The Bound New York-based photographer Elizabeth Heyert (1951) has developed portrait projects dealing with death, self-perception and sleep. Her latest work, The Bound, looks at practitioners of the fetish crafts...
Interview with Karoliina Paatos
A New Image of the American Cowboy
Finnish photographer Karoliina Paatos (1979) has been photographing the cowboys of the American West for the last six years, focusing on various aspects of contemporary cowboy culture, such as daily life, macho attitudes and the gay community. She has now brought together a collection of portraits and scenes from ranch life into a new photobook, American Cowboy. She speaks with us here in this interview about the myth of the cowboy, the harshness of ranch life and a photographer’s need to adapt.
There’s a long-standing mythology surrounding cowboys. How did the fantasy compare with reality?
I tried to keep an open mind when I went there for the first time, because I wasn’t personally familiar with the culture, but of course all the images from popular culture affect me, too. I would say there’s some truth to the myth. A ‘cowboy’ is a job description, like a plumber or a teacher or a truck driver, so there are many different ranch jobs besides just cowboying, but the cowboys are often young males and solitary – they don’t have a family yet and they do move around a lot.
“Well, the image of a cowboy is basically a young dude. A rascal, a solitary hero. And then I’m showing these two little girls who do exactly as the big cowboys can do. They are so handy and brave. They compete in rodeos and they rope calves and are just so skillful. I feel like they’re excellent role models for everyone and they’re very hard-working.”
What was maybe the most surprising for me, was how unchanged the work description is, actually. Of course, they use cars and tractors now, but you still have to use horses and in many places they rope with a lasso, too. And, all the clothing that they wear is very aesthetic – so it’s a good subject for a photo project – but at the same time everything has a function. For example, the scarves they wear, called ‘wild rags’, are made out of silk or a similar material that’s best against the skin, and the leather chaps they wear, which differ from one region to another – whether chinks or chaps or shotguns – protect the legs against brush and cattle. For us, it just about the aesthetics but for them it’s functional stuff. Though, the aesthetics are super important to them, too, so they’ll order handmade leather boots, for example.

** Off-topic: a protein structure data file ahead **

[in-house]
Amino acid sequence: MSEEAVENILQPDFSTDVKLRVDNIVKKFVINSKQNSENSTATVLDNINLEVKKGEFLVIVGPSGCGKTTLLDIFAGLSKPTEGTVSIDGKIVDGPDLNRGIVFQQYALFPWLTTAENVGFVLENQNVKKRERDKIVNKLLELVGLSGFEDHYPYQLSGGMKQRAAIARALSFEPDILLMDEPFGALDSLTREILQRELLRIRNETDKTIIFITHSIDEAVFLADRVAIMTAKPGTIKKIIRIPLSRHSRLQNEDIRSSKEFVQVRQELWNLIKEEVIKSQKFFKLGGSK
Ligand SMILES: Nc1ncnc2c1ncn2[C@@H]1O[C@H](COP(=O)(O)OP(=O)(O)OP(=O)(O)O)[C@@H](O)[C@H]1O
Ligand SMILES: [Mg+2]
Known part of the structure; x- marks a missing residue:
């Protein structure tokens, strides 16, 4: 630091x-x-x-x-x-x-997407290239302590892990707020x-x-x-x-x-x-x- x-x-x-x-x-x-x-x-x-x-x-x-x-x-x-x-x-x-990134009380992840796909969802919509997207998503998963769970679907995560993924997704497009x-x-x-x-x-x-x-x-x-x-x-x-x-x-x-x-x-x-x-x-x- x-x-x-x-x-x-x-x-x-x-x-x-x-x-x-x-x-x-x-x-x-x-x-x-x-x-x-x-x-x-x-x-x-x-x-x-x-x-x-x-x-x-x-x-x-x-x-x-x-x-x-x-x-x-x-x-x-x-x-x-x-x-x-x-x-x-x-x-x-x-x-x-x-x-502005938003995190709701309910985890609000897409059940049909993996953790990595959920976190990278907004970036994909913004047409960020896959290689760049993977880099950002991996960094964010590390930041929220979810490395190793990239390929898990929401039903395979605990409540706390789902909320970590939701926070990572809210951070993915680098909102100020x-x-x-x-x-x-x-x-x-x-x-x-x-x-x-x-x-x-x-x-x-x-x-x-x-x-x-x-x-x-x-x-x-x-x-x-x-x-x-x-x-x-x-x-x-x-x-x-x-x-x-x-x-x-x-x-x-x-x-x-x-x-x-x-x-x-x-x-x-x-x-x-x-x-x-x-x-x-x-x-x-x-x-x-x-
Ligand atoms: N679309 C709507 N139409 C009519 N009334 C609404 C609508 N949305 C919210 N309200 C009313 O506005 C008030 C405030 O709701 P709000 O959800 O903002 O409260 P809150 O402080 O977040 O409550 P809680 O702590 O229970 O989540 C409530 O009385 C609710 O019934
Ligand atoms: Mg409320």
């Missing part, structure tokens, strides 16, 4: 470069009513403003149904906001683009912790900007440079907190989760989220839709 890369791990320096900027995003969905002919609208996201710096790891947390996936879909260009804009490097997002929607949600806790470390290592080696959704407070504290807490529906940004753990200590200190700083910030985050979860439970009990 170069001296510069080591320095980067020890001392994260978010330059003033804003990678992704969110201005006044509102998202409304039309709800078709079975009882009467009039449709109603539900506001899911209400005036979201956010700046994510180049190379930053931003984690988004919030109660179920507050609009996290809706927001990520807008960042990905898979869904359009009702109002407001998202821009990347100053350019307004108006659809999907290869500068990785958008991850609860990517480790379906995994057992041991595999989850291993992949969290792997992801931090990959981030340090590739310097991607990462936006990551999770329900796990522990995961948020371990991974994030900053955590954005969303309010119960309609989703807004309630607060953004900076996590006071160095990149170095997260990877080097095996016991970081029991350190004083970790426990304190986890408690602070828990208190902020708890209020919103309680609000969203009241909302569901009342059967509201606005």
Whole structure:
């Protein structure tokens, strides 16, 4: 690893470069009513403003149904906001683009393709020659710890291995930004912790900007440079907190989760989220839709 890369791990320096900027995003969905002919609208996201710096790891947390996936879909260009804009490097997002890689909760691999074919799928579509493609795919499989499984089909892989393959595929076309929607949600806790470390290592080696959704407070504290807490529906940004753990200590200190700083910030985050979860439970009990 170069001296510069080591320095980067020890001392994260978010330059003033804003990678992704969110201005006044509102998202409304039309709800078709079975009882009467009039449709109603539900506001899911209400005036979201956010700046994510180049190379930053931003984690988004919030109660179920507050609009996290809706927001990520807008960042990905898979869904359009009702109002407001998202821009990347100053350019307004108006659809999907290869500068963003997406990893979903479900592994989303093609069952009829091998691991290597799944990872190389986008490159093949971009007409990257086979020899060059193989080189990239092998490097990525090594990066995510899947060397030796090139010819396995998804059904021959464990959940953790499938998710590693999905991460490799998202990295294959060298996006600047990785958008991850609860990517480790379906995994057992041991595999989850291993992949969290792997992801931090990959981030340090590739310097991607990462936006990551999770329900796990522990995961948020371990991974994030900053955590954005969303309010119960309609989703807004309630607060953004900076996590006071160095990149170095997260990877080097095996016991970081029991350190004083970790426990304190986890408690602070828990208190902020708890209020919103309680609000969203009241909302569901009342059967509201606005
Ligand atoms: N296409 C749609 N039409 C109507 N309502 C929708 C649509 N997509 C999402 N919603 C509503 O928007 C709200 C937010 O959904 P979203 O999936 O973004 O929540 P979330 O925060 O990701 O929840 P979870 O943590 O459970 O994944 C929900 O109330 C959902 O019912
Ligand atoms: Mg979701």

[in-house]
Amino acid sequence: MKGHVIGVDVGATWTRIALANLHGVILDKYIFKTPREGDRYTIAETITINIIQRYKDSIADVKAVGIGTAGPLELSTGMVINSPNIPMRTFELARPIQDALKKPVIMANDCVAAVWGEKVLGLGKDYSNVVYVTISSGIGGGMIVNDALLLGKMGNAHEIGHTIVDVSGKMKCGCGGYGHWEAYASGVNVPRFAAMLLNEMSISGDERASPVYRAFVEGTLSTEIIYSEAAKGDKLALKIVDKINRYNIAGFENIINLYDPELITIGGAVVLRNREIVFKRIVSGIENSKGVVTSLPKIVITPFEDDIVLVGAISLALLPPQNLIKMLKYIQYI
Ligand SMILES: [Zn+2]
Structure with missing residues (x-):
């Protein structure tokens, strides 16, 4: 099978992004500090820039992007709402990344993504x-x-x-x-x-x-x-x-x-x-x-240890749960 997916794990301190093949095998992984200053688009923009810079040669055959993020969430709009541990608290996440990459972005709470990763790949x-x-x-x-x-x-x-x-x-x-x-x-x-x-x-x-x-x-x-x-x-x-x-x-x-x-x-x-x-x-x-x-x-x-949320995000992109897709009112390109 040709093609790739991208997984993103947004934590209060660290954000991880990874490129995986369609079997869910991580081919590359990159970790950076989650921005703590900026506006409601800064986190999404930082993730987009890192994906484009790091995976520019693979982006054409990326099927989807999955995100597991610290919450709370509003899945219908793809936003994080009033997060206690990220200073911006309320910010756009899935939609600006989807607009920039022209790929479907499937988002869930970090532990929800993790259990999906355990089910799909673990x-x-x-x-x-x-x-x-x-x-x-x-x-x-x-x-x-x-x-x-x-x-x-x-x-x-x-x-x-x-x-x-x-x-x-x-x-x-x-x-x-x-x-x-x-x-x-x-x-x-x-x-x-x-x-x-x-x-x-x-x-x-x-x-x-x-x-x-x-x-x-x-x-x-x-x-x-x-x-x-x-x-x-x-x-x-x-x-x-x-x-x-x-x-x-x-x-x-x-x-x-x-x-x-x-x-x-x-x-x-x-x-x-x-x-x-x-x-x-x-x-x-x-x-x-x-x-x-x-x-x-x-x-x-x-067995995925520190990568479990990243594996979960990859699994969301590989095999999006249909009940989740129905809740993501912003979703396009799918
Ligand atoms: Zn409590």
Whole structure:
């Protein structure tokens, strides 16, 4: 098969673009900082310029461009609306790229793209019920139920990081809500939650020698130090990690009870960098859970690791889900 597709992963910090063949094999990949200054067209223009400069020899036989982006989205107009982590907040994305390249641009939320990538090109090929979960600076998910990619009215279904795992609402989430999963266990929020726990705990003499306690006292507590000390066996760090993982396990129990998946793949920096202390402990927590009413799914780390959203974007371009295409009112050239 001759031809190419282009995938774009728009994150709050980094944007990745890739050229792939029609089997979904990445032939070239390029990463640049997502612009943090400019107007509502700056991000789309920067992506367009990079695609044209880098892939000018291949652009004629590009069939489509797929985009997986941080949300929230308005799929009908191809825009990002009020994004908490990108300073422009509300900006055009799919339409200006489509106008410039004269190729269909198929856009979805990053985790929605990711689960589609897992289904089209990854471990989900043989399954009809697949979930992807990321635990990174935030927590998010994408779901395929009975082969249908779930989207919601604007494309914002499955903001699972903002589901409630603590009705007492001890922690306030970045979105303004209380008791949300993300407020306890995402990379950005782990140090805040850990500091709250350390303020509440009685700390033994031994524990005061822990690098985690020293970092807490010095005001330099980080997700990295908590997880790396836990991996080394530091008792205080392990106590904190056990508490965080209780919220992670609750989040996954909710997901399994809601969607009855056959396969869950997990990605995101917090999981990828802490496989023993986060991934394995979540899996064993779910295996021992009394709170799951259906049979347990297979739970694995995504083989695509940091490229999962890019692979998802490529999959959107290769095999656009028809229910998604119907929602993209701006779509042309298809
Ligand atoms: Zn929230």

In your images, you’re not just showing the typical ‘lone wolf’ cowboy though, you’re also showing families. How much of that did you see?
I wanted to broaden the popular image of American cowboys. Even with my title, American Cowboy, I’m not trying to define what an ‘American cowboy’ is, but I’m showing that there is more to it. I think that the culture is dying because it’s more and more a case of big companies owning ranches, rather than families, because land is getting so expensive that people can’t afford it and there has been a drought in so many places for such a long time that people can’t afford to feed their cattle with store-bought hay, so they have been forced to sell the cattle. So, it’s changing, it’s evolving. It will remain, but it will look a little different, not so many small family-owned ranches. Not so many people can do it anymore, because it’s not an easy way of living. Many times, when people start to have children, they go to work at the gold mines or for oil companies – something that they get actual money from.
This is an excerpt. The full interview with Karoliina Paatos has been published on GUP Magazine. We talk about her work photographing the macho culture of American cowboys.